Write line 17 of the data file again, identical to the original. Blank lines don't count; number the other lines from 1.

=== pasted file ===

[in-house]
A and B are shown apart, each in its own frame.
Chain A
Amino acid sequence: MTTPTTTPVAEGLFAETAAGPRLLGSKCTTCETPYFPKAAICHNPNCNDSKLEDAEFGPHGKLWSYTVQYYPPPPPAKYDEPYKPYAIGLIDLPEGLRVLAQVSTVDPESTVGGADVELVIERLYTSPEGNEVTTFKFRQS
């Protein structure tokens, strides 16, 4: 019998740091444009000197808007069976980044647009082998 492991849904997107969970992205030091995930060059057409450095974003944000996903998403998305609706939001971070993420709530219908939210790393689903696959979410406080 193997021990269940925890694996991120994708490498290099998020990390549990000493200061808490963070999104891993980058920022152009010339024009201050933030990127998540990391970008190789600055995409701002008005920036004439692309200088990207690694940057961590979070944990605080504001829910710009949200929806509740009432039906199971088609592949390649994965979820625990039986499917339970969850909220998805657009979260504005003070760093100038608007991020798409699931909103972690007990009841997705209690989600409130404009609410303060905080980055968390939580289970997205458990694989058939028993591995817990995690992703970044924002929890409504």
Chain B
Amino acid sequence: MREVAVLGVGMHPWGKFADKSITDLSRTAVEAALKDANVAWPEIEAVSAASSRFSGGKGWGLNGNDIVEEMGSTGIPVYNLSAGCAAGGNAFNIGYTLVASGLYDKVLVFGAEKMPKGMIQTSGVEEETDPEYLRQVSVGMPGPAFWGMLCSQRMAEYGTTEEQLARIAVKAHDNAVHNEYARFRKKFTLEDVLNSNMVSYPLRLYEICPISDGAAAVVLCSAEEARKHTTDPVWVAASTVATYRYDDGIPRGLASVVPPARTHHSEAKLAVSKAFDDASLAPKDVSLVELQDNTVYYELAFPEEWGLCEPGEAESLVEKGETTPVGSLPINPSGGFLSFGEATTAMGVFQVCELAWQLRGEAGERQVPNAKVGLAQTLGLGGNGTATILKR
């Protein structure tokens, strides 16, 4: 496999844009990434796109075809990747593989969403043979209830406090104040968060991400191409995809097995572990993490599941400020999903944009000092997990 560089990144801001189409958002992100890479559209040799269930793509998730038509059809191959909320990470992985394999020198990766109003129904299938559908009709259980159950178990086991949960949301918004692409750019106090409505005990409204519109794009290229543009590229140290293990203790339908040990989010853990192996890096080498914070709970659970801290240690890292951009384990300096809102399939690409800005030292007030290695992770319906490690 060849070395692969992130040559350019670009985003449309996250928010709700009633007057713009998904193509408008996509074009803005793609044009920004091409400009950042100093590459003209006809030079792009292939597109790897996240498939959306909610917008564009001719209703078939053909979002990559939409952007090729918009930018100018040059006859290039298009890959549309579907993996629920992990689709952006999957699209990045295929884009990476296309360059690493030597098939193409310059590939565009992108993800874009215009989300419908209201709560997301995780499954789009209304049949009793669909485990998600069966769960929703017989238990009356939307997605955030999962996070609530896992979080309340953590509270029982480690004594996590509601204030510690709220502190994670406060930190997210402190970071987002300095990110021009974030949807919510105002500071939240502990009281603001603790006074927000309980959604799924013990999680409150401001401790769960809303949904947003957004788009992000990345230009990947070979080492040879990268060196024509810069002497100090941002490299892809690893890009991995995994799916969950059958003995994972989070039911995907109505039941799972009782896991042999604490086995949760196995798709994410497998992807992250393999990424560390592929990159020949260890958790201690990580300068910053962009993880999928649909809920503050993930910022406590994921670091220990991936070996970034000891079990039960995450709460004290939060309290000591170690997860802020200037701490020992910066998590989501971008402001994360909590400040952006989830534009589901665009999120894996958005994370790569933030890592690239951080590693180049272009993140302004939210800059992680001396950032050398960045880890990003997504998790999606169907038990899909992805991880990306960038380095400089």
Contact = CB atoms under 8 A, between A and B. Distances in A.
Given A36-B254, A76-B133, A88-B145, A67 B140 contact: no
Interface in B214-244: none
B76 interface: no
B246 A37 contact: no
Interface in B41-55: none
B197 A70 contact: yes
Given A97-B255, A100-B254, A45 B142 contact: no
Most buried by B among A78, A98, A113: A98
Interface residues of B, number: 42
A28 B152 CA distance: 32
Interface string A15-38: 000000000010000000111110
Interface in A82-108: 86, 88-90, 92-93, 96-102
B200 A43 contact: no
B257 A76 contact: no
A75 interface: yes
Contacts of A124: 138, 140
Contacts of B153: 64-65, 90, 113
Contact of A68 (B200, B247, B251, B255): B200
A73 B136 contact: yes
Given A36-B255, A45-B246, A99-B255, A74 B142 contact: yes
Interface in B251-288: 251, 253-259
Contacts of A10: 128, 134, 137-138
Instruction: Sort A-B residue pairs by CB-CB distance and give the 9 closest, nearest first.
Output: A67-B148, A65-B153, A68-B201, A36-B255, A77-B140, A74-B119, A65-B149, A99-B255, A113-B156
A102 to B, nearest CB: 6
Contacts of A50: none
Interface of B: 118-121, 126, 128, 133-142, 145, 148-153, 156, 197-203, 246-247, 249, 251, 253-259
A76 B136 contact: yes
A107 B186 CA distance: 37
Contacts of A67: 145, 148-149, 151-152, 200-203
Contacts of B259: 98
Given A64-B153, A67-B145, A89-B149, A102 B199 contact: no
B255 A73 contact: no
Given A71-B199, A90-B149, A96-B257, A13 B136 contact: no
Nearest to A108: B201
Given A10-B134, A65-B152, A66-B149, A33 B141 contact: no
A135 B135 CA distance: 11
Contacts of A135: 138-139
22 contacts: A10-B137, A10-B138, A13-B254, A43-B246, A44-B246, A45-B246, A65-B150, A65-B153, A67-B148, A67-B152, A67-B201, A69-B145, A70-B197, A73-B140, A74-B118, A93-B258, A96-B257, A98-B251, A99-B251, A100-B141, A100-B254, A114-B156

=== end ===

Most buried by B among A78, A98, A113: A98